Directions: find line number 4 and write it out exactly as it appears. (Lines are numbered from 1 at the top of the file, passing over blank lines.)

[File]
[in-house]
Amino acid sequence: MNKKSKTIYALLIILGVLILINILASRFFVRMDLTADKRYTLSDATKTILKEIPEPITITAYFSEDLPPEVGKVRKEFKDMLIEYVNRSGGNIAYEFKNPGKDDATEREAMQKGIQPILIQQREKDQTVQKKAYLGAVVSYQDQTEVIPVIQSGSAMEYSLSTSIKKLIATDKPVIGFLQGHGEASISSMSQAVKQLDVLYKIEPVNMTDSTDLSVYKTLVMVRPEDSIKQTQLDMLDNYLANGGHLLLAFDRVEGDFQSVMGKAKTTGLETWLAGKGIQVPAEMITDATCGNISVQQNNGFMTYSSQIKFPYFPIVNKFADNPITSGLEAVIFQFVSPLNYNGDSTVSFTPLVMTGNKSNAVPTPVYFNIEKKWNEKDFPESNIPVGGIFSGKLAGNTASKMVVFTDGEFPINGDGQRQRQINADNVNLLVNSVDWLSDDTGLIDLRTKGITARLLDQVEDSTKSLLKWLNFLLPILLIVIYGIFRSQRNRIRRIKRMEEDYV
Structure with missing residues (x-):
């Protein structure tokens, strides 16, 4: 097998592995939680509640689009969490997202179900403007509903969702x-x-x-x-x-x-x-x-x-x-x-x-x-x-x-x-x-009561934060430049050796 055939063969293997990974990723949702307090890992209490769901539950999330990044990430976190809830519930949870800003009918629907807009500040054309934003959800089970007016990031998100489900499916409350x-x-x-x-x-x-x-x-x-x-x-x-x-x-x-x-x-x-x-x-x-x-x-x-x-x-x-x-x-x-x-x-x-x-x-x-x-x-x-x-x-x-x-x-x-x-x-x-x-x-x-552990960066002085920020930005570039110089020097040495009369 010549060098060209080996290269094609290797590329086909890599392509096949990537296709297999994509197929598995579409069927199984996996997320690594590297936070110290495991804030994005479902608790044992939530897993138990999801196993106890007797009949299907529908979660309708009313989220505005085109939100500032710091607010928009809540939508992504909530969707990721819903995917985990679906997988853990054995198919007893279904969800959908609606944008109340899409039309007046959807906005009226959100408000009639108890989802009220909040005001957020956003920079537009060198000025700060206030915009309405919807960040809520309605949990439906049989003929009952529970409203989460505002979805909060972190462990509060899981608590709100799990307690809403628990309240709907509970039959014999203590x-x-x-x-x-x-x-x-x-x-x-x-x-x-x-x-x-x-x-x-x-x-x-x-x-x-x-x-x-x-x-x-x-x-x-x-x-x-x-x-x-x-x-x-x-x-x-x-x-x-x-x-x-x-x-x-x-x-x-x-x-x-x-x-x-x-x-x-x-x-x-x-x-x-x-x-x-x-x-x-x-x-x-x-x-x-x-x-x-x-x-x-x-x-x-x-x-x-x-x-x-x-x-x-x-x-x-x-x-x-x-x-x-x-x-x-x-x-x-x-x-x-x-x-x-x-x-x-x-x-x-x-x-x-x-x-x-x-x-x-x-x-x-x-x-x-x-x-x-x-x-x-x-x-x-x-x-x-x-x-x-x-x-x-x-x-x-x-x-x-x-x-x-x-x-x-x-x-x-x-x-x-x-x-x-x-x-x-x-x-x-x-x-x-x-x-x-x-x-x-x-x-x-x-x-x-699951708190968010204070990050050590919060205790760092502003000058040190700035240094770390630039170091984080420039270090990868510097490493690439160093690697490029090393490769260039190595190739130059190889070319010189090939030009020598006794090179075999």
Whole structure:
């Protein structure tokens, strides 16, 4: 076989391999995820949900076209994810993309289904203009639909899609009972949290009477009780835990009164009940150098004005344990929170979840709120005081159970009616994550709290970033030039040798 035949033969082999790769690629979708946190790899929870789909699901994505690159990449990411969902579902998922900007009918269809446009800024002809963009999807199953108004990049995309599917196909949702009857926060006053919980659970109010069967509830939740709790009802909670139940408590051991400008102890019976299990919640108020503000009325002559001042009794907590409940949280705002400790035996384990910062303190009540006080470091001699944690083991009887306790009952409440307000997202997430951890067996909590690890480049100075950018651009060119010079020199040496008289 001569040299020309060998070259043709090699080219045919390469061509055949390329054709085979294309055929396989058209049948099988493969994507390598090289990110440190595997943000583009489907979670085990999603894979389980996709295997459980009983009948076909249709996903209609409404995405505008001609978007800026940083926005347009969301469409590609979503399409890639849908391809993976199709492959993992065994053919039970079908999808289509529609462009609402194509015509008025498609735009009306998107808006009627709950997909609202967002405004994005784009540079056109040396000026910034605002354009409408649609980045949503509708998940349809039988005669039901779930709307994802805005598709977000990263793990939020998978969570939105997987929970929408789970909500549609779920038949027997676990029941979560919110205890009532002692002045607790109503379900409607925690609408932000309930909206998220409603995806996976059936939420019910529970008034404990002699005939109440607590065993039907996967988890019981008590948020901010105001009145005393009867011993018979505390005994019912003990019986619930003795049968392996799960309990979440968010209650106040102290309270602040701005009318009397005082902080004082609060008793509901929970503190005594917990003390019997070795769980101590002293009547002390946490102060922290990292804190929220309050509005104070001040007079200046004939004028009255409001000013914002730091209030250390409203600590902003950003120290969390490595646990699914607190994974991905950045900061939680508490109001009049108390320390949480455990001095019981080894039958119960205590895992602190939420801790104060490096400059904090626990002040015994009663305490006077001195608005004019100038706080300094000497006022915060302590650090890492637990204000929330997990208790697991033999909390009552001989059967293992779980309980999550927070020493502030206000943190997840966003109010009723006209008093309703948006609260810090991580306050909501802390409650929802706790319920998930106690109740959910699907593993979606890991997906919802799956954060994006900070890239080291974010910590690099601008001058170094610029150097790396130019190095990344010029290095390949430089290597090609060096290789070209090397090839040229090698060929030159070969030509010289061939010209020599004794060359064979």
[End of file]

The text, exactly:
């Protein structure tokens, strides 16, 4: 097998592995939680509640689009969490997202179900403007509903969702x-x-x-x-x-x-x-x-x-x-x-x-x-x-x-x-x-009561934060430049050796 055939063969293997990974990723949702307090890992209490769901539950999330990044990430976190809830519930949870800003009918629907807009500040054309934003959800089970007016990031998100489900499916409350x-x-x-x-x-x-x-x-x-x-x-x-x-x-x-x-x-x-x-x-x-x-x-x-x-x-x-x-x-x-x-x-x-x-x-x-x-x-x-x-x-x-x-x-x-x-x-x-x-x-x-552990960066002085920020930005570039110089020097040495009369 010549060098060209080996290269094609290797590329086909890599392509096949990537296709297999994509197929598995579409069927199984996996997320690594590297936070110290495991804030994005479902608790044992939530897993138990999801196993106890007797009949299907529908979660309708009313989220505005085109939100500032710091607010928009809540939508992504909530969707990721819903995917985990679906997988853990054995198919007893279904969800959908609606944008109340899409039309007046959807906005009226959100408000009639108890989802009220909040005001957020956003920079537009060198000025700060206030915009309405919807960040809520309605949990439906049989003929009952529970409203989460505002979805909060972190462990509060899981608590709100799990307690809403628990309240709907509970039959014999203590x-x-x-x-x-x-x-x-x-x-x-x-x-x-x-x-x-x-x-x-x-x-x-x-x-x-x-x-x-x-x-x-x-x-x-x-x-x-x-x-x-x-x-x-x-x-x-x-x-x-x-x-x-x-x-x-x-x-x-x-x-x-x-x-x-x-x-x-x-x-x-x-x-x-x-x-x-x-x-x-x-x-x-x-x-x-x-x-x-x-x-x-x-x-x-x-x-x-x-x-x-x-x-x-x-x-x-x-x-x-x-x-x-x-x-x-x-x-x-x-x-x-x-x-x-x-x-x-x-x-x-x-x-x-x-x-x-x-x-x-x-x-x-x-x-x-x-x-x-x-x-x-x-x-x-x-x-x-x-x-x-x-x-x-x-x-x-x-x-x-x-x-x-x-x-x-x-x-x-x-x-x-x-x-x-x-x-x-x-x-x-x-x-x-x-x-x-x-x-x-x-x-x-x-x-x-699951708190968010204070990050050590919060205790760092502003000058040190700035240094770390630039170091984080420039270090990868510097490493690439160093690697490029090393490769260039190595190739130059190889070319010189090939030009020598006794090179075999």